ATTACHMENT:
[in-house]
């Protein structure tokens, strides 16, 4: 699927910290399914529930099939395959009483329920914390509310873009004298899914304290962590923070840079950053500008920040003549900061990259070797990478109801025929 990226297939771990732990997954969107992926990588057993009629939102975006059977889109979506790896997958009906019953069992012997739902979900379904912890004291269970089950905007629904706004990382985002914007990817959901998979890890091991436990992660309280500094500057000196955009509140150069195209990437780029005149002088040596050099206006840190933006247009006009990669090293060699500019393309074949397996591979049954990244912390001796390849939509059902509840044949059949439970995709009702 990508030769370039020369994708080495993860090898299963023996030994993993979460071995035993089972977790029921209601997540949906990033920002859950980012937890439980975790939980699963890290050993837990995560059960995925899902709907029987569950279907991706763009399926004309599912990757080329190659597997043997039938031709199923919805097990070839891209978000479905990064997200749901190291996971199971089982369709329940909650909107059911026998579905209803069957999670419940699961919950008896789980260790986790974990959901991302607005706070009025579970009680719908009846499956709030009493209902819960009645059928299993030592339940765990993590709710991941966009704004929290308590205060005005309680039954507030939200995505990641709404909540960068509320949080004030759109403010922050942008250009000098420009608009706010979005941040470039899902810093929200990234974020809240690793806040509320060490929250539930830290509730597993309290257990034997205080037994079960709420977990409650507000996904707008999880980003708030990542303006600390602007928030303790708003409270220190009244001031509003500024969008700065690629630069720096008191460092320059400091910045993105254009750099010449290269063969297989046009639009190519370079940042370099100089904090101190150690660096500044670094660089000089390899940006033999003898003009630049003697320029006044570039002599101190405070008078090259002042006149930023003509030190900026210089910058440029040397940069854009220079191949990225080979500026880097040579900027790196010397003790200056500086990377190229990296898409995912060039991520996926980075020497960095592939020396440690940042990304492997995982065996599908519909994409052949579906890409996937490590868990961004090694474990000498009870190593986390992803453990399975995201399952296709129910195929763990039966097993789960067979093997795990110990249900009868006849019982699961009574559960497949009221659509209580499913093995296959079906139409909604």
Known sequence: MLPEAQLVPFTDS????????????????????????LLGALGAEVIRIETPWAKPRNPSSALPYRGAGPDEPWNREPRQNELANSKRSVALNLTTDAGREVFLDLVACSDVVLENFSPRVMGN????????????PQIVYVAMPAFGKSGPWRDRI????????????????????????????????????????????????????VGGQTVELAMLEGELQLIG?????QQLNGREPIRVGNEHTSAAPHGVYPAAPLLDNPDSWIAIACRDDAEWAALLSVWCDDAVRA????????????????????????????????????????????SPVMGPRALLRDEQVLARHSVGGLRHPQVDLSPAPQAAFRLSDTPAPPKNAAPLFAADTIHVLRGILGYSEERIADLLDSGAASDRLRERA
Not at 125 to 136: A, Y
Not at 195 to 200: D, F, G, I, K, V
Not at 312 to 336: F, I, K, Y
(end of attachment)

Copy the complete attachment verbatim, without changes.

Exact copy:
[in-house]
């Protein structure tokens, strides 16, 4: 699927910290399914529930099939395959009483329920914390509310873009004298899914304290962590923070840079950053500008920040003549900061990259070797990478109801025929 990226297939771990732990997954969107992926990588057993009629939102975006059977889109979506790896997958009906019953069992012997739902979900379904912890004291269970089950905007629904706004990382985002914007990817959901998979890890091991436990992660309280500094500057000196955009509140150069195209990437780029005149002088040596050099206006840190933006247009006009990669090293060699500019393309074949397996591979049954990244912390001796390849939509059902509840044949059949439970995709009702 990508030769370039020369994708080495993860090898299963023996030994993993979460071995035993089972977790029921209601997540949906990033920002859950980012937890439980975790939980699963890290050993837990995560059960995925899902709907029987569950279907991706763009399926004309599912990757080329190659597997043997039938031709199923919805097990070839891209978000479905990064997200749901190291996971199971089982369709329940909650909107059911026998579905209803069957999670419940699961919950008896789980260790986790974990959901991302607005706070009025579970009680719908009846499956709030009493209902819960009645059928299993030592339940765990993590709710991941966009704004929290308590205060005005309680039954507030939200995505990641709404909540960068509320949080004030759109403010922050942008250009000098420009608009706010979005941040470039899902810093929200990234974020809240690793806040509320060490929250539930830290509730597993309290257990034997205080037994079960709420977990409650507000996904707008999880980003708030990542303006600390602007928030303790708003409270220190009244001031509003500024969008700065690629630069720096008191460092320059400091910045993105254009750099010449290269063969297989046009639009190519370079940042370099100089904090101190150690660096500044670094660089000089390899940006033999003898003009630049003697320029006044570039002599101190405070008078090259002042006149930023003509030190900026210089910058440029040397940069854009220079191949990225080979500026880097040579900027790196010397003790200056500086990377190229990296898409995912060039991520996926980075020497960095592939020396440690940042990304492997995982065996599908519909994409052949579906890409996937490590868990961004090694474990000498009870190593986390992803453990399975995201399952296709129910195929763990039966097993789960067979093997795990110990249900009868006849019982699961009574559960497949009221659509209580499913093995296959079906139409909604």
Known sequence: MLPEAQLVPFTDS????????????????????????LLGALGAEVIRIETPWAKPRNPSSALPYRGAGPDEPWNREPRQNELANSKRSVALNLTTDAGREVFLDLVACSDVVLENFSPRVMGN????????????PQIVYVAMPAFGKSGPWRDRI????????????????????????????????????????????????????VGGQTVELAMLEGELQLIG?????QQLNGREPIRVGNEHTSAAPHGVYPAAPLLDNPDSWIAIACRDDAEWAALLSVWCDDAVRA????????????????????????????????????????????SPVMGPRALLRDEQVLARHSVGGLRHPQVDLSPAPQAAFRLSDTPAPPKNAAPLFAADTIHVLRGILGYSEERIADLLDSGAASDRLRERA
Not at 125 to 136: A, Y
Not at 195 to 200: D, F, G, I, K, V
Not at 312 to 336: F, I, K, Y